Our visit to Le Bistrot du Sommelier began as a mission to try tête de veau, a dish that we learned was rarely available as a special. Fortunately, this rustic French bistro offers a number of other dishes that were all enjoyable, making a second (or many more) visit a certainty. Since it was an impromptu family dinner with G’s brother M and mom A joining us, we were able to sample a variety of starters as well as take on the côte de boeuf, a signature dish.
True bistros are great finds in that they offer delicious and unpretentious food in a casual environment without breaking the bank. There is also the added benefit of being able to order and enjoy wine without the need to have Parker’s latest wine guide handy. Le Bistrot du Sommelier is a fine example of what I mean. Other than the prices (it’s Singapore after all), this really is a welcoming place to enjoy a good rustic French meal without worrying about which fork to use.
While the printed menu options are limited, if you look on the walls, you’ll see the giant blackboard of beef-related offerings as well as seasonal specialties. The Mont D’Or cheese high season had just ended in February, but they still had some in stock, so we ordered a 500 g serving along with an order each of the goat cheese salad, foie gras terrine, and escargot for our starters.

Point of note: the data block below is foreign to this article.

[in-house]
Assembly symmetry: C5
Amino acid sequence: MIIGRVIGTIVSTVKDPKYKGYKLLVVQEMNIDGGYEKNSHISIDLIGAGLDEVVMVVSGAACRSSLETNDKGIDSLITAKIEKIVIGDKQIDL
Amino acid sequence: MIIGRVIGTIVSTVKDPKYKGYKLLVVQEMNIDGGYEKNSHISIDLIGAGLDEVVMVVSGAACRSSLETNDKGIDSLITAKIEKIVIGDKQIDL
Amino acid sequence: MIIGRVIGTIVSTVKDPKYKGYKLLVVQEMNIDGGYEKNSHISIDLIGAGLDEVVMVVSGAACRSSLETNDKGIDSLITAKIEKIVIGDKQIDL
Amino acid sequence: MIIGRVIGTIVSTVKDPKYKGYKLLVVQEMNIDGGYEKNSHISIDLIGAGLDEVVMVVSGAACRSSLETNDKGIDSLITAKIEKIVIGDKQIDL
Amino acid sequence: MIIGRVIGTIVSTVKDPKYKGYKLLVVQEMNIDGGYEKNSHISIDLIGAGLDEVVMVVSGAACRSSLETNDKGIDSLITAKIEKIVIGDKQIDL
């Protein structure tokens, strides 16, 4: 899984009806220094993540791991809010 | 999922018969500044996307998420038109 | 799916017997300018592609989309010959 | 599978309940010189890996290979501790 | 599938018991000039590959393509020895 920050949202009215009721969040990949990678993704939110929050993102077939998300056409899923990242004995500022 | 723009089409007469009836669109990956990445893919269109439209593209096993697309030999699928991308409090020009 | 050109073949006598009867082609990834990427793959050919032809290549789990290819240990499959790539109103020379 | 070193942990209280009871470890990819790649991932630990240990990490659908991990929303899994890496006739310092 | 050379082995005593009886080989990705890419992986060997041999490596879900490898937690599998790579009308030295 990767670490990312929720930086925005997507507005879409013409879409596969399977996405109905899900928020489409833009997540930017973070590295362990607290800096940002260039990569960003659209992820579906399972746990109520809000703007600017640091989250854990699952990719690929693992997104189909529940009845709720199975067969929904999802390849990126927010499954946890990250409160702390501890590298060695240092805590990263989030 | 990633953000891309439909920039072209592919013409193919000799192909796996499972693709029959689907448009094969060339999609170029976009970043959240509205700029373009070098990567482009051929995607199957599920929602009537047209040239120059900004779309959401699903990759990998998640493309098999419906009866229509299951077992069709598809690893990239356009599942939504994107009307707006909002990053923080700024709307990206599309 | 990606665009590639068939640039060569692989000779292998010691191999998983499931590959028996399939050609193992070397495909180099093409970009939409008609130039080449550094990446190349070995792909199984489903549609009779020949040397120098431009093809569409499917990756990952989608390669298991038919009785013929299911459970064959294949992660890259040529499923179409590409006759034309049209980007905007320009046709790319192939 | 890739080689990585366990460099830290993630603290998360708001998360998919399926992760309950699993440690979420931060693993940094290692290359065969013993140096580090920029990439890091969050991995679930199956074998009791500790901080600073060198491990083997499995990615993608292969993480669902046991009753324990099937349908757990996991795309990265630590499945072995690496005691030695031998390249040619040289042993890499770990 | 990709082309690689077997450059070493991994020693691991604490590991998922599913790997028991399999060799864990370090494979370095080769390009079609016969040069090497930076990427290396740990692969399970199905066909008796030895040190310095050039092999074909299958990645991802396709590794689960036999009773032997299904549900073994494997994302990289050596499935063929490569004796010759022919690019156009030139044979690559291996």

I should also mention that bistro food tends to be very rich and hearty. The foie gras for instance came in a generous block that even for four liver lovers was quite plenty. Similar with the salad as there was a bed of celeriac hidden beneath the greens. Only the escargot came in a measly half dozen serving, but I can forgive them because of the wonderful accompanying sauce. Our downfall though, was the Mont D’Or, baked with onions and ham. Think fondue, but a mild taste and velvety creamy texture with a hint of pine.
By the time we finished appetizers, the women were ready to call it a day, but the heaviest items had yet to arrive. Our mains were a shared 1 kg côte de boeuf that was beautifully cooked medium rare and smothered in onions and whole garlic cloves, and a classic steak tartare that was easily the best I’ve had in Singapore. My only quibble was that it had a bit too much mustard and rough cut parsley. The tartare beef was incredibly fresh with a great texture that would have been more apparent without the over-spicing.
We were all so stuffed that we passed on dessert. Along with the tete de veau, desserts are also on our list of to tries for our next visit. Le Bistrot du Sommelier is reminiscent of my favorite bistro that I always visit when I travel to Grenoble for work. I don’t know or care if it’s the best in town or just average, all I know is that the service is friendly, the food is tasty, and experience memorable.
Le Bistrot du Sommelier
46 Prinsep St #01-01,
+65 6333 1982
G had a craving for a croque-madame and suggested that we eat at Hediard, a cafe and fine foods boutique that feels unabashedly old world with its dark interior and reserved upscale decor. It was already 2pm by the time we sat down, and the lunch rush (if there was one) was well over. Other than the Asian bohemian contently sipping coffee by the windowsill, the place was completely ours. While an empty resto-cafe could have been a warning sign that the food wasn’t up to the standard of the prices charged (the food was great), at least the ambiance was worth it so far.